U.S. Treasury Prices Pull Back After Strong ISM Data

By Akane OtaniFeaturesDow Jones Newswires

U.S. government bond prices fell Wednesday after data showed a stronger-than-expected pickup in service-sector activity.

The yield on the benchmark 10-year U.S. Treasury note was recently at 2.339%, according to Tradeweb, compared with 2.332% on Tuesday. Yields rise as bond prices fall.

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Bond yields fell overnight, then climbed after data showed service-sector activity across the U.S. accelerated in September.

The Institute for Supply Management's index for nonmanufacturing activity, which tracks industries including health care, finance, agriculture and construction, rose to 59.8 last month -- the highest reading since August 2005. Economists surveyed by The Wall Street Journal had expected a reading of 55.2 for September.

The upbeat data softened demand for Treasurys, which tend to rise when investors are less confident about the economic environment.

Earlier, a report showed hiring at private U.S. employers grew less than expected in September. Firms across the country added 135,000 workers to their ranks last month, according to payroll processor Automatic Data Processing Inc. and forecasting firm Moody's Analytics, compared with the 150,000 economists had expected.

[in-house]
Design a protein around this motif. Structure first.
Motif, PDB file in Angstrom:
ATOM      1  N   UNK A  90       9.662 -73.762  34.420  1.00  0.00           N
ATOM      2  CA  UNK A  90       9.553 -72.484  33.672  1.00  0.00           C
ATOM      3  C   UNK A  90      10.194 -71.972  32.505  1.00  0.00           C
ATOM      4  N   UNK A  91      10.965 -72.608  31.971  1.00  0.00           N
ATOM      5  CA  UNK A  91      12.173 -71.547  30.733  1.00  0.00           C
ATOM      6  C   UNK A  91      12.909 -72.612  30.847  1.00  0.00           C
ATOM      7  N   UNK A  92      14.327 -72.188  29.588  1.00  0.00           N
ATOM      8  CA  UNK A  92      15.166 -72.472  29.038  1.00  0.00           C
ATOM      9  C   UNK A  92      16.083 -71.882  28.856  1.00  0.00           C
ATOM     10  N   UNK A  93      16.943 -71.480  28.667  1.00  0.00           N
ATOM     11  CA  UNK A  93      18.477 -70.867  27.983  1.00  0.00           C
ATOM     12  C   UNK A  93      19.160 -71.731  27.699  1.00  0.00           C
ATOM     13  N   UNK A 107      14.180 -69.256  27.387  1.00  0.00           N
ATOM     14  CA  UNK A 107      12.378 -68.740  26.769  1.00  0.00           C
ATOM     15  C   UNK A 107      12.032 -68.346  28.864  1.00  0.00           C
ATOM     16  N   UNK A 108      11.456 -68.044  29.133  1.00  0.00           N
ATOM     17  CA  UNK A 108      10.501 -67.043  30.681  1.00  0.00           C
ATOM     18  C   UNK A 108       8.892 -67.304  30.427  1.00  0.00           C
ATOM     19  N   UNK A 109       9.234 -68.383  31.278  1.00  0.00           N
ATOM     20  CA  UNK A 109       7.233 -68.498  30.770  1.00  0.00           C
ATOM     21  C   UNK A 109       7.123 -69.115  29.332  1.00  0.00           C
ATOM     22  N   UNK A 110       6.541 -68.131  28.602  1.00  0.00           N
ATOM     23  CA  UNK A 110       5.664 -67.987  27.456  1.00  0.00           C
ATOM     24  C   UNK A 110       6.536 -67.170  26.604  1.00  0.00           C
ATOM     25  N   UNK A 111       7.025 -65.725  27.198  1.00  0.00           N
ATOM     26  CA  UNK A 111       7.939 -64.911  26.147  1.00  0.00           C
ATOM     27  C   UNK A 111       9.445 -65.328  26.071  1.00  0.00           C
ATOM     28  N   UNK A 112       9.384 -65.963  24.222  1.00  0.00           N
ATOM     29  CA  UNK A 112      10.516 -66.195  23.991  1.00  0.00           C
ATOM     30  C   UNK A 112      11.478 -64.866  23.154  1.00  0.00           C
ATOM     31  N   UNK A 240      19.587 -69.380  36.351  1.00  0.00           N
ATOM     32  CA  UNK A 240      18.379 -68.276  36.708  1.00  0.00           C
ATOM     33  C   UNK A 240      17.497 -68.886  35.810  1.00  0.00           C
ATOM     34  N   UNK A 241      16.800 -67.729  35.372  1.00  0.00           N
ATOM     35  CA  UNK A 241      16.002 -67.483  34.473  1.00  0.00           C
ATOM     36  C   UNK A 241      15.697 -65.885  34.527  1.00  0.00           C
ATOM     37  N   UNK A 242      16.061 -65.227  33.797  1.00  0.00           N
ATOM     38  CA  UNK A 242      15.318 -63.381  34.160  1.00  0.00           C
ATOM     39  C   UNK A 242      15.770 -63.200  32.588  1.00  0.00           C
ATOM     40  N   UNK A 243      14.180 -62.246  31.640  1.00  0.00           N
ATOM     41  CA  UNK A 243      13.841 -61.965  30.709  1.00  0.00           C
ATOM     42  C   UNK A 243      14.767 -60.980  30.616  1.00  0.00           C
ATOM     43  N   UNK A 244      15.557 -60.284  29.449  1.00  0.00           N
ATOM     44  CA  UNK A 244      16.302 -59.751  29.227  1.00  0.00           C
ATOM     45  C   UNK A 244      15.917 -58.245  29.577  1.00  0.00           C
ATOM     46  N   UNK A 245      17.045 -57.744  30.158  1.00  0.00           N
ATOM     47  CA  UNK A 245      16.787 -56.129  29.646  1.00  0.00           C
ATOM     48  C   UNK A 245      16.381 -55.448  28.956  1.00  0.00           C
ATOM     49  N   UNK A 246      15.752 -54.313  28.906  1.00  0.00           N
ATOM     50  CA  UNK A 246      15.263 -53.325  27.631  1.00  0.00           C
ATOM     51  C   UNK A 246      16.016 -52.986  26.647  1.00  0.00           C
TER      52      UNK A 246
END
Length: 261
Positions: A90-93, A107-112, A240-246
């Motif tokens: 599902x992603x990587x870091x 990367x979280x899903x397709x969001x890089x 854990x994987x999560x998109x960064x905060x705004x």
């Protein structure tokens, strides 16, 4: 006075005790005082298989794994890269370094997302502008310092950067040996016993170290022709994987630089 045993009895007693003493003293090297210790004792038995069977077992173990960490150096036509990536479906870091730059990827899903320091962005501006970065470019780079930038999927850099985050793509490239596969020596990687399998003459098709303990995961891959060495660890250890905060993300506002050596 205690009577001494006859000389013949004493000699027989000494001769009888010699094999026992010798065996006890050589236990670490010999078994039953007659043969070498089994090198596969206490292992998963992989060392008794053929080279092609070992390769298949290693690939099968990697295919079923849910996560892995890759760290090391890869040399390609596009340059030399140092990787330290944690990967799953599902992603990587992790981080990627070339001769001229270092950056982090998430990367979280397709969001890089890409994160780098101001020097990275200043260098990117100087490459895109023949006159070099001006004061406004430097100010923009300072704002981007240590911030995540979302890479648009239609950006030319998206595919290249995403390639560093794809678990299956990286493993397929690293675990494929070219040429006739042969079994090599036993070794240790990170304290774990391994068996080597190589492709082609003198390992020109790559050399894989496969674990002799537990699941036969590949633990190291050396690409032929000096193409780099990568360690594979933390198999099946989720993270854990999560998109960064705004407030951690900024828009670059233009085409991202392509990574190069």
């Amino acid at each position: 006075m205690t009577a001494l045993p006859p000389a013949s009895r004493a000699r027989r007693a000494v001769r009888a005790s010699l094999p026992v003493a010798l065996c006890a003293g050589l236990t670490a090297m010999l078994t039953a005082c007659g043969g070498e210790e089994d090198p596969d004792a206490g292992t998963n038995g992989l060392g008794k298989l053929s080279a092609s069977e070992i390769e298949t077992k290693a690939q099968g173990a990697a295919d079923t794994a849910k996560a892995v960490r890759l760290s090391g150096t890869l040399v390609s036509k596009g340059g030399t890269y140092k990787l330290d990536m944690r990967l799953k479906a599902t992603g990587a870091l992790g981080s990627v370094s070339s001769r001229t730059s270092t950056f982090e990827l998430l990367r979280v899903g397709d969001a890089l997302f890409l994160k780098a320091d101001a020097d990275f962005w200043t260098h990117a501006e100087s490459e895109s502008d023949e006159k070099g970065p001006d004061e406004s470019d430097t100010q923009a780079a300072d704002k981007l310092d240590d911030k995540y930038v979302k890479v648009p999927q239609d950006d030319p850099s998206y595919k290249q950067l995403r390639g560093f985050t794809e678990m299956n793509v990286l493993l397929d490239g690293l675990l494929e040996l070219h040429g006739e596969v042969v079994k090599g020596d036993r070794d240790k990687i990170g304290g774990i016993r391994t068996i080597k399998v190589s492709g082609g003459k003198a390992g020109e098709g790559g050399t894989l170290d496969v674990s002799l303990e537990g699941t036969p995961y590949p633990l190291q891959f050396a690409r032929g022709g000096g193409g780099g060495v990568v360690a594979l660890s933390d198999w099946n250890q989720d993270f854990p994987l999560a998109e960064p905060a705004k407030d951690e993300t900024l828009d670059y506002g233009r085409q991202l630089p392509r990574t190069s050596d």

Some analysts cautioned against putting too much stock in the ADP reading. The data can be volatile, they noted, and not always a reliable predictor of the U.S. Bureau of Labor Statistics' widely watched monthly jobs report, which investors will see Friday.

Meanwhile, trading in the Treasurys market is likely to remain muted, investors and analysts said.

Bond yields have remained in a relatively narrow range in recent months, even as investors have contended with the prospect of a tax-cut package and a potential change in leadership at the Federal Reserve next year.

One of the possible candidates, former Fed governor Kevin Warsh, is seen by some investors as likely to be more hawkish than current Fed Chairwoman Janet Yellen -- something that could put pressure on government bonds if he is appointed.

Yet bonds have made few big moves this week, with the yield on the 10-year U.S. Treasury note little changed from where it settled Friday at 2.328%.

"Everyone is puzzled by this," said Zhiwei Ren, a managing director and portfolio manager at Penn Mutual Asset Management, of the bond market's lull. "You go to conferences and everyone is asking when we're going to see volatility in the rates market again."

Write to Akane Otani at akane.otani@wsj.com

(END) Dow Jones Newswires

October 04, 2017 11:14 ET (15:14 GMT)